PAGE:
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Tug of War is Not the Answer

A BYU mathematics professor has discovered a different, more effective way to measure the movement of cells within a living organism. Discovering the mechanisms for cell motion is important because it is easier to change the cell’s speed if the process is understood.
Dr. John Dallon

To measure the speed with which cells move within a living organism, most scientists focus on how hard cells push and pull against each other. But Dr. John Dallon, a professor in the Department of Mathematics, has discovered a different, more effective way.

Years ago, when Dallon began this research, he focused on simpler “rounded cells,” but now he focuses on more dynamic, star-shaped cells. “Recently, I’ve been much more interested in the forces involved in how cells pull and tug on their environment.  In wound repair, cells pull and tug on the tissue as they repair the wound,” Dallon explained.

Dallon saw that these cells would play a sort of tug of war, pulling and pushing on each other and on the cell substrate as their adhesion sites attach and detach. To better understand this interaction, Dallon developed a new model using mathematical formulas. What he discovered from his model was not what he expected.

“It became obvious to me that sometimes these attachment sites will release and then that long stretched-out arm will quickly retract.  I became interested in these attachments and understanding them better,” Dallon said.

Most previous research on this topic has focused on measuring the force of the pushing and pulling of cells, but Dallon says that scientists should instead pay more attention to when they grab onto and let go of things.

“It’s the dynamics of how the cell grabs on to things as opposed to how hard it pulls on them that determines its speed,” Dallon explained.

By focusing on the attachment activity instead of the pulling and pushing, scientists can better control the speed at which cells move. Discovering the mechanisms for cell motion is important because it is easier to change the cell’s speed if the process is understood.

“The main point of this [study] is to say, if I want to slow a cell down, I don’t change the forces on the cell; I change how it’s attaching and detaching to the substrate,” Dallon said. “Altering the attachment and detachment dynamics of cell adhesion is more effective at changing cell speed than altering cell force.  So understanding those dynamics is key.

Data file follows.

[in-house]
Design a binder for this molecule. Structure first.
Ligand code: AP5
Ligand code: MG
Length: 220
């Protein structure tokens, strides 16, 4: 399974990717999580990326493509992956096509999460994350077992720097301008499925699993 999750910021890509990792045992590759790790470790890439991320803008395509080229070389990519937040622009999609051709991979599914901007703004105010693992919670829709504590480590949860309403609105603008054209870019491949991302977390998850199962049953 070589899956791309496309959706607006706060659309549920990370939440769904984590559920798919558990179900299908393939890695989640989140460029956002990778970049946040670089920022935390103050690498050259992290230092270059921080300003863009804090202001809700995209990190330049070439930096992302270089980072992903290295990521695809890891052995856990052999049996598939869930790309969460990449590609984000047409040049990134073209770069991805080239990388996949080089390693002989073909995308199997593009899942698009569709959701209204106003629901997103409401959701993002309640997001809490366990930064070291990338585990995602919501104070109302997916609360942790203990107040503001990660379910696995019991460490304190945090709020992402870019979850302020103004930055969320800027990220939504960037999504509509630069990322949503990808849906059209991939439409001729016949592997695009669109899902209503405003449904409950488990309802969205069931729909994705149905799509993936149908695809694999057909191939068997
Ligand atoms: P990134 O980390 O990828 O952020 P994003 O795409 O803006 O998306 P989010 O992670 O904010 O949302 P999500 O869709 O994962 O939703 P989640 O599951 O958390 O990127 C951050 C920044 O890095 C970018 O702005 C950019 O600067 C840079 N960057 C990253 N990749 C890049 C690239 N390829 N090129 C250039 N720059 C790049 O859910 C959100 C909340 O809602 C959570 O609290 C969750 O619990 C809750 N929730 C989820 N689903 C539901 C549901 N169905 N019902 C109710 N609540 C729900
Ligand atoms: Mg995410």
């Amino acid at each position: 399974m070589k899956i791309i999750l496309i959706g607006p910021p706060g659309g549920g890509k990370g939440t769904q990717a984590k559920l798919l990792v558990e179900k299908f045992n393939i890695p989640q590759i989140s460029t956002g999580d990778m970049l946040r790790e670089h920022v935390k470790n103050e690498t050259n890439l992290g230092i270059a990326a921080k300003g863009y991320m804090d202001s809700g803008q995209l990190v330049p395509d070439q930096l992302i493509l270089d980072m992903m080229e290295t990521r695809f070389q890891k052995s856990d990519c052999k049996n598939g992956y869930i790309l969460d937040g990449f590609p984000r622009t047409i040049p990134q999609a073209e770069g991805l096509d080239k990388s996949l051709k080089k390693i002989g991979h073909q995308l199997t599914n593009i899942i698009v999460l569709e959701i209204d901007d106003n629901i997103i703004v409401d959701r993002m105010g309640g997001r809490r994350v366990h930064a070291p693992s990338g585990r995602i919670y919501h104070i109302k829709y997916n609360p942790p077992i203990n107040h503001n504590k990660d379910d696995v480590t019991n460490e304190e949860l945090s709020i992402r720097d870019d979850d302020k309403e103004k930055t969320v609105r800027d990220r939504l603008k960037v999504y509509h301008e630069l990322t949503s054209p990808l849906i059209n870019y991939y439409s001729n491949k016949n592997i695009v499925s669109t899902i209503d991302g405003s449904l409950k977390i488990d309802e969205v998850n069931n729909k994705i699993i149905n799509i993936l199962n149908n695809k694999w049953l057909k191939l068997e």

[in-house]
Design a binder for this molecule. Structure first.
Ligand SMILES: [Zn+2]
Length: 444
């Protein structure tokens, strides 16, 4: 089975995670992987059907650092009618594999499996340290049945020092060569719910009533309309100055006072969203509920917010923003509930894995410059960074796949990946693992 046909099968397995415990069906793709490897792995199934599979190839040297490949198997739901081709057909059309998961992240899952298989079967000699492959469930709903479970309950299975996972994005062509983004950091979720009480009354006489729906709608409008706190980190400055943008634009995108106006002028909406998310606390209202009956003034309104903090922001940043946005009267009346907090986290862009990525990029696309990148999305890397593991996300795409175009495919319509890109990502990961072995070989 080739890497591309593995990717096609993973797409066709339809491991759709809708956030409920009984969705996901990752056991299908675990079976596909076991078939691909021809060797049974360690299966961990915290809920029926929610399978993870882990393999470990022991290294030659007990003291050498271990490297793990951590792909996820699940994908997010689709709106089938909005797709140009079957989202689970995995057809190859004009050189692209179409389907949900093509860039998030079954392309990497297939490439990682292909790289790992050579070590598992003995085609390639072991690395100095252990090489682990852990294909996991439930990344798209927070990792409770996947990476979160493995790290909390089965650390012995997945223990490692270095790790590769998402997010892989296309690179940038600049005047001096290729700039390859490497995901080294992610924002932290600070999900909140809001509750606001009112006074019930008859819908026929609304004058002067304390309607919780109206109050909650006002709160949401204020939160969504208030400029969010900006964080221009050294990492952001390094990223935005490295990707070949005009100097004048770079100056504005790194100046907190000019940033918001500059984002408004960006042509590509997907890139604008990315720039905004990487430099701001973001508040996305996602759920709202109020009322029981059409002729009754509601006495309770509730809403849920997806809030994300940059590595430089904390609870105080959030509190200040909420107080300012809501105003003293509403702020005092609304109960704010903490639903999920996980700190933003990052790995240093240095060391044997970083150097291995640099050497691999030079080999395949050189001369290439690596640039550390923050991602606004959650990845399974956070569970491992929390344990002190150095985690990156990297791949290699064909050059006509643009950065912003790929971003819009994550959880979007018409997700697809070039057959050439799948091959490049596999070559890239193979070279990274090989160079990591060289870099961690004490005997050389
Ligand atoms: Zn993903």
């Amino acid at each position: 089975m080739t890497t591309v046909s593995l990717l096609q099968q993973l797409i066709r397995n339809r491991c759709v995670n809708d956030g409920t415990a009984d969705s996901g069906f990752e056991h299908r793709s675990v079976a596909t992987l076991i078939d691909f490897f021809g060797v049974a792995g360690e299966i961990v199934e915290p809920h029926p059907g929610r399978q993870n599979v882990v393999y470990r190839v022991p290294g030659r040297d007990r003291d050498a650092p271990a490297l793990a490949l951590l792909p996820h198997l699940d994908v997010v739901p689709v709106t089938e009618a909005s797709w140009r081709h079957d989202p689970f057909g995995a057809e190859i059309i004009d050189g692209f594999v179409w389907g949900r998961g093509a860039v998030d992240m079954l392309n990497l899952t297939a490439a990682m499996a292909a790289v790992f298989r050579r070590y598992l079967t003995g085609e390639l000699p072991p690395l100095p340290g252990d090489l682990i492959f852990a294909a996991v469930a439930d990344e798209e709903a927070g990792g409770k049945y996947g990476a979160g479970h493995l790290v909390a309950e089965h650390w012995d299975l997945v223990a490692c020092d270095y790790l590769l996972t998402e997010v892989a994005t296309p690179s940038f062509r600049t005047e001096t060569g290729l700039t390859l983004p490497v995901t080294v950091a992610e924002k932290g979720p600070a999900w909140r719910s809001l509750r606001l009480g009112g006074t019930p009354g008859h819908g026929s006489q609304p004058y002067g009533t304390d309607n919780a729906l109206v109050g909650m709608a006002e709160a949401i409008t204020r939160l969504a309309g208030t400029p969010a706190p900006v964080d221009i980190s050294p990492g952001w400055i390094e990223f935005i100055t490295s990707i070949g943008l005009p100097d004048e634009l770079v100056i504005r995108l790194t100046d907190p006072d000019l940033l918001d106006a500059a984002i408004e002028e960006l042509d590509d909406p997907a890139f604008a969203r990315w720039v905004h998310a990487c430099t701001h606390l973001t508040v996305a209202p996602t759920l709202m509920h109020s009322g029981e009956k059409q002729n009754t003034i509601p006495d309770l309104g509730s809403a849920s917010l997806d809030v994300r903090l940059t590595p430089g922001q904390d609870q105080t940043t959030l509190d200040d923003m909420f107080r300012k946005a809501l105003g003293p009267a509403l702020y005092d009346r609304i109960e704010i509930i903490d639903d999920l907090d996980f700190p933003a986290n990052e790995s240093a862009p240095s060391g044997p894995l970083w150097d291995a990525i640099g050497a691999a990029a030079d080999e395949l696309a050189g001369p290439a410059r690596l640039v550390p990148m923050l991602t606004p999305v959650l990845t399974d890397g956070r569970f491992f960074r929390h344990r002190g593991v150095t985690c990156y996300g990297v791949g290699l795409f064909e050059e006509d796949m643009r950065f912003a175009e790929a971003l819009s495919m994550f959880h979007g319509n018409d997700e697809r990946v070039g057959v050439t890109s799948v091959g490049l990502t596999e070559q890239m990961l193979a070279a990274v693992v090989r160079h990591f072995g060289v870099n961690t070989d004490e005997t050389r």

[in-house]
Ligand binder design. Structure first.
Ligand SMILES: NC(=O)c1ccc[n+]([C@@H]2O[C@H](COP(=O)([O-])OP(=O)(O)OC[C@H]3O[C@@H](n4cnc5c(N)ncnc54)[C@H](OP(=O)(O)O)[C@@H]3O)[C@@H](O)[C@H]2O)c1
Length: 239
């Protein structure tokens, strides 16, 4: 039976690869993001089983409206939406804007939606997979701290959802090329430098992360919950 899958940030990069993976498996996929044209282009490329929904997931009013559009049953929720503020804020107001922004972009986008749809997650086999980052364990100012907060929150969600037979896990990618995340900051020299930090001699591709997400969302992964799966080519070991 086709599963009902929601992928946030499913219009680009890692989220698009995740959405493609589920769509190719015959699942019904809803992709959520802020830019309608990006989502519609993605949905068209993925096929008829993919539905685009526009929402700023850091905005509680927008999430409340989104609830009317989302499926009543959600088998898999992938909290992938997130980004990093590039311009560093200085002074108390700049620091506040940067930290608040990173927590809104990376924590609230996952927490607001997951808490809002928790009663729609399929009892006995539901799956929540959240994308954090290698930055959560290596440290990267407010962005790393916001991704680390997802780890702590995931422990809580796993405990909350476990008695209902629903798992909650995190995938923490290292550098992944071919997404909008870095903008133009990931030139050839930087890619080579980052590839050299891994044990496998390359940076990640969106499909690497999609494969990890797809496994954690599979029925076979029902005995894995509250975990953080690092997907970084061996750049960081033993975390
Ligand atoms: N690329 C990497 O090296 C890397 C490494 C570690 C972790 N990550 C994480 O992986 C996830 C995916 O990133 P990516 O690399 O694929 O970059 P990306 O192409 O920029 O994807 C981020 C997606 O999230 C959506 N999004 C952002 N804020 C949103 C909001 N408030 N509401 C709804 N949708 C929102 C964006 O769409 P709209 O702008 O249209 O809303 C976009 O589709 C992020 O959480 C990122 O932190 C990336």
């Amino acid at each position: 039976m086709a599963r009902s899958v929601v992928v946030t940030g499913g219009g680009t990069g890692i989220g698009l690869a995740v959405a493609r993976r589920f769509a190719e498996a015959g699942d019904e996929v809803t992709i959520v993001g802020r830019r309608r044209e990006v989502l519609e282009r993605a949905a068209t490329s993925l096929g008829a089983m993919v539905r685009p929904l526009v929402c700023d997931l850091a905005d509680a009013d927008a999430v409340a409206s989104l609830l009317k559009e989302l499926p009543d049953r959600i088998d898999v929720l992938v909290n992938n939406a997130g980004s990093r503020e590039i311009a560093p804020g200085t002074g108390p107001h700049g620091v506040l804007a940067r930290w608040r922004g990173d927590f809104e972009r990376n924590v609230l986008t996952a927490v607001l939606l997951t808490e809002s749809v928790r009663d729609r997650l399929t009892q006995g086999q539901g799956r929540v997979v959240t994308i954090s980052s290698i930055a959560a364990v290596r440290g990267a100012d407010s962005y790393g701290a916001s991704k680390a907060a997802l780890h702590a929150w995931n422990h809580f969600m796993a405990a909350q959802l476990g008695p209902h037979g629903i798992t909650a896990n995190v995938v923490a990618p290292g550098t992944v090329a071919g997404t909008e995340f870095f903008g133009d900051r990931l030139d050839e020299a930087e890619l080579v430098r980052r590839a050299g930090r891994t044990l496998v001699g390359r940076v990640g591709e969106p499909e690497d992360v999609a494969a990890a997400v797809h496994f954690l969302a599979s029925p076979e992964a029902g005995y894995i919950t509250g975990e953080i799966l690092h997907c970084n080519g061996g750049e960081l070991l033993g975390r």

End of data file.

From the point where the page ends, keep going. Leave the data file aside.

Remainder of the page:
For example, if people have a tumor or growth in their body, treatment is easier when the cells remain localized.  When they start to move and go to other parts of the body it is more life threatening.  If the cell mobility could be slowed down, these diseases would be simpler to manage and treat. There are many reasons scientists and doctors are interested in speeding up or slowing down cells.

While they have a basic understanding of the current model, Dallon and his peers had to make many simplifying assumptions and they look forward to strengthening their results by making more realistic formulas with fewer assumptions.

“Eventually what would be nice is if you tell me how the forces on an adhesion site affect its dynamics, [then] I can tell you how the cell will move.  Then by changing the dynamics in the right way we can control how the cell moves,” Dallon said.

If Dallon and his team could solidify this, it would lead to new achievements in potentially treating diseases.

“That’s sort of a lofty goal, but that’s where I want to go because then you have more control over these cells,” Dallon said. “And if you understand how to modify those adhesion dynamics and how that affects the overall motion of the cell, that would be quite useful.”

Being able to slow down cells would be useful in situations such as disease because it would give patients an upper hand on their own “tug of war” with their illness. Any advantage science can give to patients is always a good thing.